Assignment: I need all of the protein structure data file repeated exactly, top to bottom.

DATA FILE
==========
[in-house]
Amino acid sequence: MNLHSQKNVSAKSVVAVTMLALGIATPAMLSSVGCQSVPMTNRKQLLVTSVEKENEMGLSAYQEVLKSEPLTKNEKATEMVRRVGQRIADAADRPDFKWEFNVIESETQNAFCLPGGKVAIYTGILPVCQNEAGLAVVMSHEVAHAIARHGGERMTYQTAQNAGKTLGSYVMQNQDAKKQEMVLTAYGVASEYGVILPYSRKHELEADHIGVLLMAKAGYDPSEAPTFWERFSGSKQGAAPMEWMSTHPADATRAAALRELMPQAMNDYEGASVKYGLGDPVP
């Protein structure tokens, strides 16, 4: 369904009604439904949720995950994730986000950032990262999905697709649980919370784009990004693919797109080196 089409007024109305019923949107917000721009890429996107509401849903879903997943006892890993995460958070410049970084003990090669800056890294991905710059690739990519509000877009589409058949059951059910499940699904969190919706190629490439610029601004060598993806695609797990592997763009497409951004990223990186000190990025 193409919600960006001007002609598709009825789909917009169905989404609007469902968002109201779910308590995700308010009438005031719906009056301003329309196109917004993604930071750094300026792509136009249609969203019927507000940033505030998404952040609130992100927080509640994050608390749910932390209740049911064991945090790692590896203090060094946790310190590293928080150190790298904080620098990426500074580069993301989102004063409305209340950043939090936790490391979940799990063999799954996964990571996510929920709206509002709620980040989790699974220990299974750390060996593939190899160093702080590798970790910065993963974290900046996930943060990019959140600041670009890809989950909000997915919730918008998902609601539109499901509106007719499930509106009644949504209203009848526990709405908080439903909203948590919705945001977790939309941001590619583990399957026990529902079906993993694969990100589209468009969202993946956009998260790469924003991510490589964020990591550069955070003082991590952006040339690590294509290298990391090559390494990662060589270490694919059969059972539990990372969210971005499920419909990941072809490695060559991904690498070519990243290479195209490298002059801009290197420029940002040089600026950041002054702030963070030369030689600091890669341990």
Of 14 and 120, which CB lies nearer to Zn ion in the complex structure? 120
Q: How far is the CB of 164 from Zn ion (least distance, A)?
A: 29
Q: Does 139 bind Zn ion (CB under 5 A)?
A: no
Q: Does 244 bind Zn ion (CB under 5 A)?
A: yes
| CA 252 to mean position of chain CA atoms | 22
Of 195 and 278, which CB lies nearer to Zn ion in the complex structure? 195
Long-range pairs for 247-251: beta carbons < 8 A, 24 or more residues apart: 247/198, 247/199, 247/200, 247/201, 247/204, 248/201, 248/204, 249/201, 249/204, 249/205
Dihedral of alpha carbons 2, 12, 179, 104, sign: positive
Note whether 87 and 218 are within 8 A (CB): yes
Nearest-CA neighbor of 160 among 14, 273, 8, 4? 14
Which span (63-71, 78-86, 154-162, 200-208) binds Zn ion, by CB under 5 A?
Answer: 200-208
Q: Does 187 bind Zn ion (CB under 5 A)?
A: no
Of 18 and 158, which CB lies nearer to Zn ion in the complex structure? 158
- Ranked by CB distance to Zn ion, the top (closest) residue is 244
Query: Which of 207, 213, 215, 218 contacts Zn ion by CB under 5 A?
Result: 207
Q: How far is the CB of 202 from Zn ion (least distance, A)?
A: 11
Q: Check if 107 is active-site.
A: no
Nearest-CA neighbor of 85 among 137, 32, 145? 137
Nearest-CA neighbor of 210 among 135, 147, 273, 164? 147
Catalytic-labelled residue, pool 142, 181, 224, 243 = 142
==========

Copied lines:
[in-house]
Amino acid sequence: MNLHSQKNVSAKSVVAVTMLALGIATPAMLSSVGCQSVPMTNRKQLLVTSVEKENEMGLSAYQEVLKSEPLTKNEKATEMVRRVGQRIADAADRPDFKWEFNVIESETQNAFCLPGGKVAIYTGILPVCQNEAGLAVVMSHEVAHAIARHGGERMTYQTAQNAGKTLGSYVMQNQDAKKQEMVLTAYGVASEYGVILPYSRKHELEADHIGVLLMAKAGYDPSEAPTFWERFSGSKQGAAPMEWMSTHPADATRAAALRELMPQAMNDYEGASVKYGLGDPVP
């Protein structure tokens, strides 16, 4: 369904009604439904949720995950994730986000950032990262999905697709649980919370784009990004693919797109080196 089409007024109305019923949107917000721009890429996107509401849903879903997943006892890993995460958070410049970084003990090669800056890294991905710059690739990519509000877009589409058949059951059910499940699904969190919706190629490439610029601004060598993806695609797990592997763009497409951004990223990186000190990025 193409919600960006001007002609598709009825789909917009169905989404609007469902968002109201779910308590995700308010009438005031719906009056301003329309196109917004993604930071750094300026792509136009249609969203019927507000940033505030998404952040609130992100927080509640994050608390749910932390209740049911064991945090790692590896203090060094946790310190590293928080150190790298904080620098990426500074580069993301989102004063409305209340950043939090936790490391979940799990063999799954996964990571996510929920709206509002709620980040989790699974220990299974750390060996593939190899160093702080590798970790910065993963974290900046996930943060990019959140600041670009890809989950909000997915919730918008998902609601539109499901509106007719499930509106009644949504209203009848526990709405908080439903909203948590919705945001977790939309941001590619583990399957026990529902079906993993694969990100589209468009969202993946956009998260790469924003991510490589964020990591550069955070003082991590952006040339690590294509290298990391090559390494990662060589270490694919059969059972539990990372969210971005499920419909990941072809490695060559991904690498070519990243290479195209490298002059801009290197420029940002040089600026950041002054702030963070030369030689600091890669341990």
Of 14 and 120, which CB lies nearer to Zn ion in the complex structure? 120
Q: How far is the CB of 164 from Zn ion (least distance, A)?
A: 29
Q: Does 139 bind Zn ion (CB under 5 A)?
A: no
Q: Does 244 bind Zn ion (CB under 5 A)?
A: yes
| CA 252 to mean position of chain CA atoms | 22
Of 195 and 278, which CB lies nearer to Zn ion in the complex structure? 195
Long-range pairs for 247-251: beta carbons < 8 A, 24 or more residues apart: 247/198, 247/199, 247/200, 247/201, 247/204, 248/201, 248/204, 249/201, 249/204, 249/205
Dihedral of alpha carbons 2, 12, 179, 104, sign: positive
Note whether 87 and 218 are within 8 A (CB): yes
Nearest-CA neighbor of 160 among 14, 273, 8, 4? 14
Which span (63-71, 78-86, 154-162, 200-208) binds Zn ion, by CB under 5 A?
Answer: 200-208
Q: Does 187 bind Zn ion (CB under 5 A)?
A: no
Of 18 and 158, which CB lies nearer to Zn ion in the complex structure? 158
- Ranked by CB distance to Zn ion, the top (closest) residue is 244
Query: Which of 207, 213, 215, 218 contacts Zn ion by CB under 5 A?
Result: 207
Q: How far is the CB of 202 from Zn ion (least distance, A)?
A: 11
Q: Check if 107 is active-site.
A: no
Nearest-CA neighbor of 85 among 137, 32, 145? 137
Nearest-CA neighbor of 210 among 135, 147, 273, 164? 147
Catalytic-labelled residue, pool 142, 181, 224, 243 = 142